Summer vacations always include at least one stop related to Ecclesiastical Sewing. This year’s trip included a stop at the St. Ignatius Mission. The Mission is in the tiny town of St. Ignatius, MT, at the southern edge of Flathead Lake, and about forty miles north of Missoula. This is one of those remote churches that have been on the “Must See” list. With a trip to Glacier Park, it was the perfect time to visit.
For those interested in seeing the inside of a beautiful church, the St. Ignatius Mission is a must. The artwork inside the church is quite amazing, especially when one knows a bit about the history. The photos of St. Ignatius Mission give a glimpse of what is in store when one visits. The fifty-eight wall murals and paintings on the ceiling, the side walls, and behind the altar tell many stories from the Bible and the lives of Saints. The murals were all painted in the early part of the twentieth century by Brother Joseph Carignano (1853-1919) from the Mission, whose primary job was that of cook. With no formal art training, but a great amount of energy and dedication, he created the astonishing murals that decorate the sanctuary. They are stunning!
Other items of beauty in the Mission are the high Altar with the Agnus Dei at the center. And of course, one hopes to see examples of Ecclesiastical Sewing on a high altar. I was not disappointed. This high altar has a lovely and delicate example of Church Linens in the form of a scalloped super frontal.
Notice how the scalloped superfrontal has a cross worked at the point of each scallop. It is difficult to tell what the remaining design details in each scallop are, as the photos had to be taken from a distance. The center design of each scallop might have either a sacred heart or wounded heart worked into the design. It is unknown whether the work was done by hand or machine.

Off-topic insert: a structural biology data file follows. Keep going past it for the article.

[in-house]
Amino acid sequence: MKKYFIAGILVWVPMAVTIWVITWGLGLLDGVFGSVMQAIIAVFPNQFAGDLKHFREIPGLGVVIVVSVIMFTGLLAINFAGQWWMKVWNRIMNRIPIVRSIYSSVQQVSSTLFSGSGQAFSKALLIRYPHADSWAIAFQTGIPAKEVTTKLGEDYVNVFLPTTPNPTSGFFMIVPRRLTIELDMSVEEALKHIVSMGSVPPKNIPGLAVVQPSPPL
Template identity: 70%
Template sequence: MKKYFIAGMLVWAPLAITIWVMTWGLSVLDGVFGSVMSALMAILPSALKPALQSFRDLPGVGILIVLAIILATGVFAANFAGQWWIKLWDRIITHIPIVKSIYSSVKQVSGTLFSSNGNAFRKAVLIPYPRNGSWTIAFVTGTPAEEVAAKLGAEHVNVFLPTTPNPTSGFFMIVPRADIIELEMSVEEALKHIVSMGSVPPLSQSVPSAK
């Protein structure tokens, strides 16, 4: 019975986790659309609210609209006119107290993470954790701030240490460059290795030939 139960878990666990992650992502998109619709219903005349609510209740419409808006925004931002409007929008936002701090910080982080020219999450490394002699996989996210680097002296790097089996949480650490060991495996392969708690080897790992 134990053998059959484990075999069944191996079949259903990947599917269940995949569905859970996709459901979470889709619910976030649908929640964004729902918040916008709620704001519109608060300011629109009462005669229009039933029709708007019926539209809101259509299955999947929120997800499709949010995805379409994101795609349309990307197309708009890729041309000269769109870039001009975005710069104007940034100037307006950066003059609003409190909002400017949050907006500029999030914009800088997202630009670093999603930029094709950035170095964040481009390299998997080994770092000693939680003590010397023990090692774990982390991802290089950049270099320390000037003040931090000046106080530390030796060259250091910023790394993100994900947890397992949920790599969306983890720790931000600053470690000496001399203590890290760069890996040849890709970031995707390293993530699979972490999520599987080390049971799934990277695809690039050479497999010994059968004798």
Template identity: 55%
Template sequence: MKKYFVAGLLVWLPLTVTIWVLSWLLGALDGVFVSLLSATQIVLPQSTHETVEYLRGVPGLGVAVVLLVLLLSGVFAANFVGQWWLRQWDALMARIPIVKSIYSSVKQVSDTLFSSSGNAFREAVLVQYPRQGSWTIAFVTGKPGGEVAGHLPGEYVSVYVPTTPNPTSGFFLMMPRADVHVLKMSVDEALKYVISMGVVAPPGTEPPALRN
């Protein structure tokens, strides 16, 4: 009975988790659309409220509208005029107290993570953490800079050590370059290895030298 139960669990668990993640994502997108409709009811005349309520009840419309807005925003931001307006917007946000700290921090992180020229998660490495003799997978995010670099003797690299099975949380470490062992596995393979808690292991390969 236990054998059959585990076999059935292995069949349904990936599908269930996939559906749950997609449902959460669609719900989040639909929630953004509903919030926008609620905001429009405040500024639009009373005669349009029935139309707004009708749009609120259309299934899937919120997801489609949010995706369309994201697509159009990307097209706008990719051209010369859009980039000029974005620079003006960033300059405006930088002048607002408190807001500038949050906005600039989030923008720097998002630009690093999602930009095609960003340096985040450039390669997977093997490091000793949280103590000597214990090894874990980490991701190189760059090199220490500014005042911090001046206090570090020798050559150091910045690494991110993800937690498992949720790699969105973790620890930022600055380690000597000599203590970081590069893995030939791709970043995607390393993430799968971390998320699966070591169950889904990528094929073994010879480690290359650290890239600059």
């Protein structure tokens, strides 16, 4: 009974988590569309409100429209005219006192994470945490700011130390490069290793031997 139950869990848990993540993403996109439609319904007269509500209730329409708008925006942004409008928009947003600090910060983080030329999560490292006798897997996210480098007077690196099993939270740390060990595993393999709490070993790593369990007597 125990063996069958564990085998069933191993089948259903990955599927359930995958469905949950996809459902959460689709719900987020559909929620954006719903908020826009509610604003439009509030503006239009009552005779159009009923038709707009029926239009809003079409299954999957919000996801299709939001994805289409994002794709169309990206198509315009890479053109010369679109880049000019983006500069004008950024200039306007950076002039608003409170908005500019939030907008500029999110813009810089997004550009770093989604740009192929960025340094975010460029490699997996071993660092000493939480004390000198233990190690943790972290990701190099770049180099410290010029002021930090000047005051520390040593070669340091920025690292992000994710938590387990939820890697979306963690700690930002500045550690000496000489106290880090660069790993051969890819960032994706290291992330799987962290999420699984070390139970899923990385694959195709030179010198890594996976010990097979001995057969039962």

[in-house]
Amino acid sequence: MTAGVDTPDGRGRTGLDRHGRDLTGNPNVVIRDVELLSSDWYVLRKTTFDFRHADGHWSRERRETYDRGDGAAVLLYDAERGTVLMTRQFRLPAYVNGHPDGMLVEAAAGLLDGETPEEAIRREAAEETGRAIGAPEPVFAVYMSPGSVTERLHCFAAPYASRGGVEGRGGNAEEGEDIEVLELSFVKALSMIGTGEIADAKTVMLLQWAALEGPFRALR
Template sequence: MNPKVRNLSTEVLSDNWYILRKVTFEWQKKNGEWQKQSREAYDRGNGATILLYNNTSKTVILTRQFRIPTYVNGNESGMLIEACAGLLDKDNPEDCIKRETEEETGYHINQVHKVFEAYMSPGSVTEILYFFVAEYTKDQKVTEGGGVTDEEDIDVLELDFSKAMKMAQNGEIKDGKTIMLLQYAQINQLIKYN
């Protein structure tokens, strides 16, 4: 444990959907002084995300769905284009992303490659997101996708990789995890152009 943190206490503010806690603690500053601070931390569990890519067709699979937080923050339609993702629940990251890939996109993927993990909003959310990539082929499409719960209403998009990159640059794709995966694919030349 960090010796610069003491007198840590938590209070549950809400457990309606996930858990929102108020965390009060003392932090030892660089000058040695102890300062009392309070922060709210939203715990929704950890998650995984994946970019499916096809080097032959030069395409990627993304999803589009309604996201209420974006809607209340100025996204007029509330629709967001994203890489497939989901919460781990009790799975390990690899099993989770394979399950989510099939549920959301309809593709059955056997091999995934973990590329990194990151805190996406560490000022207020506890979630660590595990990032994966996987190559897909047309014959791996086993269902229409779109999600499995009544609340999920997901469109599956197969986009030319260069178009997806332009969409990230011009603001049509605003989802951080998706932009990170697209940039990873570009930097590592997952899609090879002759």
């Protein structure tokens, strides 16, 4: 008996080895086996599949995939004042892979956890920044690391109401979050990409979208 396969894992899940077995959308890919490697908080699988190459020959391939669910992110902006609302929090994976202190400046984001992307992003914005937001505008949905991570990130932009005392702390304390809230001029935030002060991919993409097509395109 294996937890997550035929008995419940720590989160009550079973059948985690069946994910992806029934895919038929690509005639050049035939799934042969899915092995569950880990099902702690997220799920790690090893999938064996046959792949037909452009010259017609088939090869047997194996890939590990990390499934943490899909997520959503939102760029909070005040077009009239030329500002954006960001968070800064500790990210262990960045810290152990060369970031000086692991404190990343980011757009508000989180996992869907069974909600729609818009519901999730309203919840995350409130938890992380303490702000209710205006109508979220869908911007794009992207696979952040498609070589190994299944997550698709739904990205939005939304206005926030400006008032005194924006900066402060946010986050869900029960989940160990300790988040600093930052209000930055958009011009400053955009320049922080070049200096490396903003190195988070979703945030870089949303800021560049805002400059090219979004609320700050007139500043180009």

The choice of the linen superfrontal is perfect choice for the St. Ignatius Mission. The paint colors in the church interior are light and airy, and when combined with the colorful painting, there is a delicacy to the church. The weather was hot, over 100 degrees for a summer day. The use of a brocade or silk for a superfrontal might be nice, but these fabrics could quickly become too heavy, especially for a summer day with little to no air conditioning. This scalloped linen superfrontal seems to fit the church perfectly.
If you happen to be traveling through Montana, near Missoula and the southern end of Flathead Lake, be sure to add a stop at the St. Ignatius Mission to your itinerary.
Solo Dei Gloria
Be sure to visit our online store front Ecclesiastical Sewing where you may shop for Liturgical Fabrics, altar linen fabrics, church vestment making patterns, liturgical machine embroidery designs, church vestment trims and notions and so much more. You may also find us on Ecclesiastical Sewing on Facebook , Twitter, and Pinterest. Sing up for our mailing list at the bottom of the page on our online store front and receive a free copy of our Small Linens Booklet as our way of saying thank you for following along.
Filed under: Altar Frontal, Church Linens, Ecclesiastical Sewing, St. Ignatius Mission Tagged: Altar Frontal, Church Linens, Ecclesiastical Sewing, St. Ignatius Mission, Superfrontal, Suprefrontal